Rob Van Dam and Sabu Professional wrestling tag team

Rob Van Dam and Sabu are a professional wrestling tag team who often compete in Extreme Championship Wrestling and WWE's ECW brand. While teaming in the original ECW, the duo was managed by Bill Alfonso.

Matt Osborne American professional wrestler

Matthew Wade Osborne, known professionally as Matt Borne, was an American professional wrestler. Osborne was a second generation wrestler, the son of Tony Borne, and is best known as being the first wrestler to portray the character of Doink the Clown.

Salvatore Bellomo Belgian professional wrestler

Salvatore Bellomo was a Belgian professional wrestler. His career spanned over 40 years; he is perhaps best known for his appearances in the United States with the World Wrestling Federation in the 1980s and with Eastern Championship Wrestling in the 1990s.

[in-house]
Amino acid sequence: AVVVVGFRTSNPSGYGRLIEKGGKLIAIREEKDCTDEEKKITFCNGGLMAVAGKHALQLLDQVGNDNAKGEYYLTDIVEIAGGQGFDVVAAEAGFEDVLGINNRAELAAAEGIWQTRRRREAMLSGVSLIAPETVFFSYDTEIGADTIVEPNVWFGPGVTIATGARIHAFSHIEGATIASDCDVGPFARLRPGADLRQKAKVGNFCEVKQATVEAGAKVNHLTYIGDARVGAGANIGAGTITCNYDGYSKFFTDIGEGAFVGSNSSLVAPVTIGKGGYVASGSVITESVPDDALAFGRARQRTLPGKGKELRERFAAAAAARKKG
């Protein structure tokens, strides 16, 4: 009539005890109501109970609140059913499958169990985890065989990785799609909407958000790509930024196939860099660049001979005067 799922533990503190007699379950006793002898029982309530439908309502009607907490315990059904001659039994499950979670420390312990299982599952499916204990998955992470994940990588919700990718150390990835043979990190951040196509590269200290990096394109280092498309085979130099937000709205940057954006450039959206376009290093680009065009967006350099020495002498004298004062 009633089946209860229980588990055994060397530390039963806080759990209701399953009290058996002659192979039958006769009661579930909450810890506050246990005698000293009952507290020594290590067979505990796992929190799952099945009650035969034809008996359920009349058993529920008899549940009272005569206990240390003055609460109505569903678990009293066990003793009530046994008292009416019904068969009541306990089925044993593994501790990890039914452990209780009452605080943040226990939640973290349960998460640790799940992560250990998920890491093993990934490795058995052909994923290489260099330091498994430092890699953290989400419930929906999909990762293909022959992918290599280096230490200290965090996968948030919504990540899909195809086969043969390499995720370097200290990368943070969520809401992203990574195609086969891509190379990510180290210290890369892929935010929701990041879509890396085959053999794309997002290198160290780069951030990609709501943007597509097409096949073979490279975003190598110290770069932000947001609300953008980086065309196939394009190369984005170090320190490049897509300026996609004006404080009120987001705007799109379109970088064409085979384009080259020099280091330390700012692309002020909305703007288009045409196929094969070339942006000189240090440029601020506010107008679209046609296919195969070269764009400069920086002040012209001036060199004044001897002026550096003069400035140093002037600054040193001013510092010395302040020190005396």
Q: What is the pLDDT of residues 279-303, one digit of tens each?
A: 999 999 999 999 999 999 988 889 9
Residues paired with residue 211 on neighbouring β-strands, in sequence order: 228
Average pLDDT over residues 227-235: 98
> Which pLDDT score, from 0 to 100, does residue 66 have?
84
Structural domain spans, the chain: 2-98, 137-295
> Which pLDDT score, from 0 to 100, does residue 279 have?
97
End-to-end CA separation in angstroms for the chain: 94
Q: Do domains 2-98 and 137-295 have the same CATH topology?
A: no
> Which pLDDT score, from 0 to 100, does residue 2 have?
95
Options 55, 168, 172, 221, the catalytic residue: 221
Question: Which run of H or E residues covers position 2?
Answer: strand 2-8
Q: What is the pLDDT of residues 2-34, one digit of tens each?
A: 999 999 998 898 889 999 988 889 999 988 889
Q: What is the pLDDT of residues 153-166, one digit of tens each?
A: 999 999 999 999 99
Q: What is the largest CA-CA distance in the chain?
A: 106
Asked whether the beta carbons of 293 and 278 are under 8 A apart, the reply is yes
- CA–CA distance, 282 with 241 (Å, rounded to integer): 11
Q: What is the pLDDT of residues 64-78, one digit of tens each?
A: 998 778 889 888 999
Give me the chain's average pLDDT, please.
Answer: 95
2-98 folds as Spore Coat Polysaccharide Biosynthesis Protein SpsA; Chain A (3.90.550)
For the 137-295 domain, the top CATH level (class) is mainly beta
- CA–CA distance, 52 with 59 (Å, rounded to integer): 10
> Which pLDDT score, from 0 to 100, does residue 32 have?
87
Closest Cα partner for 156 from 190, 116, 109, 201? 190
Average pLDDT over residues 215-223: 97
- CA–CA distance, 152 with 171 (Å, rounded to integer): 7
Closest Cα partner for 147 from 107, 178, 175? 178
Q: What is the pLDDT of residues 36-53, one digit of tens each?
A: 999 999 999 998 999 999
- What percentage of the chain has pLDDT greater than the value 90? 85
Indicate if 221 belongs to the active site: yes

Mike Rotunda American professional wrestler

Lawrence Michael Rotunda is an American retired professional wrestler. He is best known for his appearances with the World Wrestling Federation and World Championship Wrestling in the 1980s and 1990s under the ring names Mike Rotunda, Mike Rotundo, Michael Wallstreet, Irwin R. Schyster and V.K. Wallstreet. Over the course of his career, Rotunda held championships including the NWA World Tag Team Championship, NWA World Television Championship and WWF World Tag Team Championship.

Born to be Wired 1997 Extreme Championship Wrestling live event

Born to be Wired was a professional wrestling live event produced by Extreme Championship Wrestling (ECW) on August 9, 1997. The event was held in the ECW Arena in Philadelphia, Pennsylvania in the United States. Excerpts from Born to be Wired aired on episodes #225 and #226 of the syndicated television program ECW Hardcore TV on August 15 and August 22, 1997, while the full event was released on VHS in 1997 and on DVD in 2002. The main event was also included in the 2005 compilation DVD BloodSport - The Most Violent Matches of ECW.

ECW As Good as It Gets 1997 Extreme Championship Wrestling live event